Every page is like this. It might not seem like much when just a single instance is displayed, but when every single paragraph on every single page is filled with mundane incidentals fully spelled out, it gets to be a dead bore. The vast majority of the manuscript should’ve had a red marker slashed across it – I mean, we’re talking about a novel with a titular villain who wears a disguise, slashes throat, and might even be of supernatural origins (a tidbit only revealed in the very final pages, alas), but instead of all that we instead read tedious detailing about Ryker pulling on his coat and tie and etc. Or filling out paperwork. Or ensuring that the office door doesn’t slam so the captain won’t be annoyed. 

Another drag is that the titular Slasher is barely in the book. Plus it isn’t even Ryker’s case until midway through; initially he’s working on a rape-murder case where an unknown black assailant broke into an apartment and raped a single mother and her two daughters, including a prepubescent one who later died from the assault. Strangely, Ryker eventually hooks up with the single mom, who invites our hero up to her apartment for some somewhat-explicit sex. Ryker actually scores twice this time; we’re informed he has a girlfriend: Shirley, an “aggressively liberated woman” who doesn’t agree with Ryker on anything. She likes to call him a “fascist pig” and he likes to call her a “bleeding heart bitch.” Shirley enjoys psychoanalyzing Ryker, but weirdness ensues when we learn that she gets off on Ryker’s graphic descriptions of the dead and violated victims of the cases he works on! 

Eventually the Slasher case is thrown at Ryker. Hamill writes all of the “action” the same as he does with the rape-murder case; this version of Ryker is strictly a by-the-book investigator and uses his smarts and solid researching skills to track leads. There are no chase scenes or fights in The Slasher until the very end, and even then it’s over too quickly. Through his stolid method Ryker discovers that the killer is a former mental patient named Albert Grimes, a guy who killed women several years ago while fashioning himself as a modern Jack the Ripper. Ryker has no evidence to back up his theory, though. Here, too late in the novel, we also learn that the Slasher might be supernatural – cops who come across him during his latest kill swear he’s not only invulnerable to bullets but also disappears into thin air.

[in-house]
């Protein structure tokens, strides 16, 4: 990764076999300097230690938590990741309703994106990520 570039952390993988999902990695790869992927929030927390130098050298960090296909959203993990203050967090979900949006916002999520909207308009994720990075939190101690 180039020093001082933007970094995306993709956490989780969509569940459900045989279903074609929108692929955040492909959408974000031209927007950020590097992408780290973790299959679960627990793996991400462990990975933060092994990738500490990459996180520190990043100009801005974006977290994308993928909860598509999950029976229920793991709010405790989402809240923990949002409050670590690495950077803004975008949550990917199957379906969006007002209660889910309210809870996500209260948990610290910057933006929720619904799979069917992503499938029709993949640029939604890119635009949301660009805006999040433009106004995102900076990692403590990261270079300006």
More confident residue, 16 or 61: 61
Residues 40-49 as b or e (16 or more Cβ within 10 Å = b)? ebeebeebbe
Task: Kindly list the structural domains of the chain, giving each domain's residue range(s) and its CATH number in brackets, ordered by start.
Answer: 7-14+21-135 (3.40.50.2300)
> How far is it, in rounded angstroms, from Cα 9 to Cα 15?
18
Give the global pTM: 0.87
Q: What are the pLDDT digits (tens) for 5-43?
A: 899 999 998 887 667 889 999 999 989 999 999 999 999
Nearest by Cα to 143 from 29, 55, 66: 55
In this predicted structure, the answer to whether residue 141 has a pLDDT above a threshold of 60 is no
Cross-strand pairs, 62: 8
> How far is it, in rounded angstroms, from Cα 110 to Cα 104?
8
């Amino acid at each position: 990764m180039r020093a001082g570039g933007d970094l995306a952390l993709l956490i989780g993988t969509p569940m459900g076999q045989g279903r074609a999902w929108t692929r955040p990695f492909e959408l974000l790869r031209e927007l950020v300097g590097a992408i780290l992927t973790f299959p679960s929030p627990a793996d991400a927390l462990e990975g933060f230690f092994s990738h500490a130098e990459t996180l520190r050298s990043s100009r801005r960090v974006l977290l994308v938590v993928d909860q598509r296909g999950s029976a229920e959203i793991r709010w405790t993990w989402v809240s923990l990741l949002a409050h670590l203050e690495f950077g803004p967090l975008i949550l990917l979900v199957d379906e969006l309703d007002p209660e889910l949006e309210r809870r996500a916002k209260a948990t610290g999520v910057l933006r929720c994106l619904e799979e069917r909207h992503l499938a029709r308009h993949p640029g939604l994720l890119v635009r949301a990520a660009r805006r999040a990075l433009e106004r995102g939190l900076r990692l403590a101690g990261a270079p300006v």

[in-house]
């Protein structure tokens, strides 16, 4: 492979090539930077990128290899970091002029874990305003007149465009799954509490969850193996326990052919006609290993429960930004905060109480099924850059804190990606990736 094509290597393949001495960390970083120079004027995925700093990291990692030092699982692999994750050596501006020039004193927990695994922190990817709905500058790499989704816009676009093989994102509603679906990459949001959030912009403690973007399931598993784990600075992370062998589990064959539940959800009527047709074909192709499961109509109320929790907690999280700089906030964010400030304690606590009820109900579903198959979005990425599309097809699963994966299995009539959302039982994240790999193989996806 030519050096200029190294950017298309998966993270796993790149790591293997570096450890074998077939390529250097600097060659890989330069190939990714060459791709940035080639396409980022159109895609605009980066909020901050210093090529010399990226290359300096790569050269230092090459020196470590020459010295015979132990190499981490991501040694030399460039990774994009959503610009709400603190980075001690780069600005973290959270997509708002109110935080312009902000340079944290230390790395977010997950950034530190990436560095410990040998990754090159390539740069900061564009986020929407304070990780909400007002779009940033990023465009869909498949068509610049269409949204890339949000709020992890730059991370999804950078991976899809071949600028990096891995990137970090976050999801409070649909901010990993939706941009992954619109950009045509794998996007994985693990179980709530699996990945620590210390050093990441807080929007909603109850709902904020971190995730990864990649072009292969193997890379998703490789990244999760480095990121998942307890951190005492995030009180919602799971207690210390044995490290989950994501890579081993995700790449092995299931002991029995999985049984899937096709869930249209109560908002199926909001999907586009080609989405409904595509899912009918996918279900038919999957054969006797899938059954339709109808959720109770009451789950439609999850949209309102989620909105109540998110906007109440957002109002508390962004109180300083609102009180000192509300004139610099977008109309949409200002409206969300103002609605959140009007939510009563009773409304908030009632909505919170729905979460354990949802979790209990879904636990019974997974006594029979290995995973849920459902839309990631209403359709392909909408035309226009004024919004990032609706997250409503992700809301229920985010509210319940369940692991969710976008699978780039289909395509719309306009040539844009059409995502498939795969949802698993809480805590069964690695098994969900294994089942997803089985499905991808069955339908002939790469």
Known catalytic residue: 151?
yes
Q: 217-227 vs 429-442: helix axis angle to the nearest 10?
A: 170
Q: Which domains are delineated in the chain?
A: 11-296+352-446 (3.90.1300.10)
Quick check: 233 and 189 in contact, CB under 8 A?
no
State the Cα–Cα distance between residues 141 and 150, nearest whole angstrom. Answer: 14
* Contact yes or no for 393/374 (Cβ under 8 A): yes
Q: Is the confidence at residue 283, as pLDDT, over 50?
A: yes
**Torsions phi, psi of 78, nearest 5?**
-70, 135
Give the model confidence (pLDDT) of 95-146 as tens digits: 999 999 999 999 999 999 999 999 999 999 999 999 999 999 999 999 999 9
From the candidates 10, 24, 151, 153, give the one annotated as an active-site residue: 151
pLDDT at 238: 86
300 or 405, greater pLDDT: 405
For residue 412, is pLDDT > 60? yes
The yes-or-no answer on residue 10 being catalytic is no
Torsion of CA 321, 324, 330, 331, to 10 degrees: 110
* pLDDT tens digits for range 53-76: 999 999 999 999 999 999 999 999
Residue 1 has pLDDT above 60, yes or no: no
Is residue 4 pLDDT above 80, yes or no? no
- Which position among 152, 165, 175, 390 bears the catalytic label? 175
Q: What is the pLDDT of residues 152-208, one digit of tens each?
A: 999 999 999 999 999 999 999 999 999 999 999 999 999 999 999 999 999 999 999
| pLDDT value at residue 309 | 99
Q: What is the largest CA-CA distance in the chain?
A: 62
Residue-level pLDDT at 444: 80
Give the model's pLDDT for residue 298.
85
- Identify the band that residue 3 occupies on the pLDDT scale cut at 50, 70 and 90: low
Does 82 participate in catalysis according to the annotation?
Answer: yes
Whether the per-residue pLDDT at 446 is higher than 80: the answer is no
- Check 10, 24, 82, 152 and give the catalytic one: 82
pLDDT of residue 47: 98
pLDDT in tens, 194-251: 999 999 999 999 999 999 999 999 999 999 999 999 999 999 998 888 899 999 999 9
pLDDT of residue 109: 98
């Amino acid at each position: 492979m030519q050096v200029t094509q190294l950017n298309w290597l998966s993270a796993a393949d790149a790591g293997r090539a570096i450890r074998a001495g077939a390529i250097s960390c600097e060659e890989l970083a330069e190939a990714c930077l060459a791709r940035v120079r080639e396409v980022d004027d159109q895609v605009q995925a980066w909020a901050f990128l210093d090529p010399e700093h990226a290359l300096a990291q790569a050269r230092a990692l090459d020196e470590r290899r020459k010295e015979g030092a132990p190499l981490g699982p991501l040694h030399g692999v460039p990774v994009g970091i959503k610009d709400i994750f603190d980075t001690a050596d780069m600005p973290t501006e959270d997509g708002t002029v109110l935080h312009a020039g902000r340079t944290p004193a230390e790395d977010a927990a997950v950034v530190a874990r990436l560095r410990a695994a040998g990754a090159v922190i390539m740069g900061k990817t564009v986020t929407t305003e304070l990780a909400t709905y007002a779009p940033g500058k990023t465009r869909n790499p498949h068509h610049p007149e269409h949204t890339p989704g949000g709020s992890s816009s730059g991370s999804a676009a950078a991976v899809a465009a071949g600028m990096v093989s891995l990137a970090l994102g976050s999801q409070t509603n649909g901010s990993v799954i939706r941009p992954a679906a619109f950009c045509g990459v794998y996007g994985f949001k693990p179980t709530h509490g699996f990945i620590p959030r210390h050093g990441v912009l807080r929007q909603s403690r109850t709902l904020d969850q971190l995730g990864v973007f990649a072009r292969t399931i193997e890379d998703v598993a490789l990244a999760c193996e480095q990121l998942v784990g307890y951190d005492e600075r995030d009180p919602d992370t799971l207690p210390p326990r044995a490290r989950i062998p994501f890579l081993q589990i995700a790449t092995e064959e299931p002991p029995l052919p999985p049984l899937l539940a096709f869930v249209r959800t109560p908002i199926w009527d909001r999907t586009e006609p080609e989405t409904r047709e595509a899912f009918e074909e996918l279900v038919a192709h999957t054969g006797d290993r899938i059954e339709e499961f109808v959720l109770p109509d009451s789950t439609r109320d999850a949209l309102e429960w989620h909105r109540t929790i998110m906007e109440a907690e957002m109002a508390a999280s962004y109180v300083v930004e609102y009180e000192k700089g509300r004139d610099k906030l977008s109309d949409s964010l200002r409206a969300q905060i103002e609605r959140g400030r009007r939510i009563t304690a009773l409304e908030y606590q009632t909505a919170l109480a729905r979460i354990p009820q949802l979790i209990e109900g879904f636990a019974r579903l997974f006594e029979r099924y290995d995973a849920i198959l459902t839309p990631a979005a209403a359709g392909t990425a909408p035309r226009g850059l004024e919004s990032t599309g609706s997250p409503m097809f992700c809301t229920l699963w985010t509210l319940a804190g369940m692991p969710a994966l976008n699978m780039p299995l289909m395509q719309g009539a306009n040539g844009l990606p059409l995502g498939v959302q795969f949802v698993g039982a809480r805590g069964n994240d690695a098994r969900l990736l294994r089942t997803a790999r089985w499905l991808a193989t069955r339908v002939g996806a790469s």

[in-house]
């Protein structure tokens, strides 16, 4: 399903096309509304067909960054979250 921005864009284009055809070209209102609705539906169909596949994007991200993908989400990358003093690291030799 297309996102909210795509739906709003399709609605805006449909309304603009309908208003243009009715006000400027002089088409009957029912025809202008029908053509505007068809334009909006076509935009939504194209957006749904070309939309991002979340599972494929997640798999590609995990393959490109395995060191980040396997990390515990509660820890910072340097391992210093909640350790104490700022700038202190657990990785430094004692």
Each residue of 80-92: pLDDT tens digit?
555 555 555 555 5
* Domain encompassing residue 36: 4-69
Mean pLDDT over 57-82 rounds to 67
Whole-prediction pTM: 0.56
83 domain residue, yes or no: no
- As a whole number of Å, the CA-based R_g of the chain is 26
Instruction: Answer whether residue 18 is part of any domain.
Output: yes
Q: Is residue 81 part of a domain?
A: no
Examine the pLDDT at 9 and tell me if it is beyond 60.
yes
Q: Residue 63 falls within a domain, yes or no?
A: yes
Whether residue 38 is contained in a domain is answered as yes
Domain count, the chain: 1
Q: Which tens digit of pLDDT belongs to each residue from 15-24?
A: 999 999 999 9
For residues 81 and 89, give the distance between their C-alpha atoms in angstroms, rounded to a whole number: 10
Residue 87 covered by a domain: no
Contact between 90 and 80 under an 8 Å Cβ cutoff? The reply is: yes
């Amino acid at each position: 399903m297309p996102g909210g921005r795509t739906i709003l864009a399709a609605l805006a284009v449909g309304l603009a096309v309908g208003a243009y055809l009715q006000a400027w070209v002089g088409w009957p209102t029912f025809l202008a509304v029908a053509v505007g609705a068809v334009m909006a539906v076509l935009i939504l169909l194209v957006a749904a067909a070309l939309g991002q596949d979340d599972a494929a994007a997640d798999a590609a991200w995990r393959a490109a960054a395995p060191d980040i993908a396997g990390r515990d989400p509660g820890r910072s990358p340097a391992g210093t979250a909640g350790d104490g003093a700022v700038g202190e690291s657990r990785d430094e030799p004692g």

The climax has Ryker and his partner tracking the Slasher to his woodshop, where Hamill finally delivers the horror-thriller the back cover promised. Here the killer has devised a series of traps, using sharpened chisels as weapons, hurling them at the two cops. Ryker blasts at him with his pistol – Ryker by the way uses a Walther P-38 this time – and discovers that the stories are true, as the Slasher appears unfazed. Surprisingly, Ryker’s partner is not killed, just injured, and Ryker at length discovers that the Slasher is human after all…plus a bullet between the eyes finishes him off for good. And that’s it for the Slasher, who appears and is ultimately dealt with in the span of twenty or so pages.

The novel free-falls into a middling climax in which Ryker saves the life of a cop horribly injured by the Slasher, then heads on back to his apartment to have some more somewhat-explicit sex with Shirley, who again gets sexually excited by Ryker’s graphic descriptions of the injured cop. Hamill ends the tale on the note of despairity that hangs over the entire book; despite being promised a commendation for taking out the Slasher, Ryker learns that red tape prevails, with more cutbacks coming to the department and even the chance that the rapist-murderer he collared on his other case might get out due to liberal lawers.

And that was it for Ryker. While I found The Slasher ultimately listless and boring, it must be said that this version of Edison T. Hamill at least tried to write a solid police procedural, with a bit of literary flair outside the genre norm. (Yet for all the good stuff there are head-scratchingly stupid lines like, “He silently shrugged, sighing.”) I really didn’t enjoy the book, and I still think Leisure should’ve turned The Savage Women into a Ryker novel. Now that would’ve been a memorable finale to the series!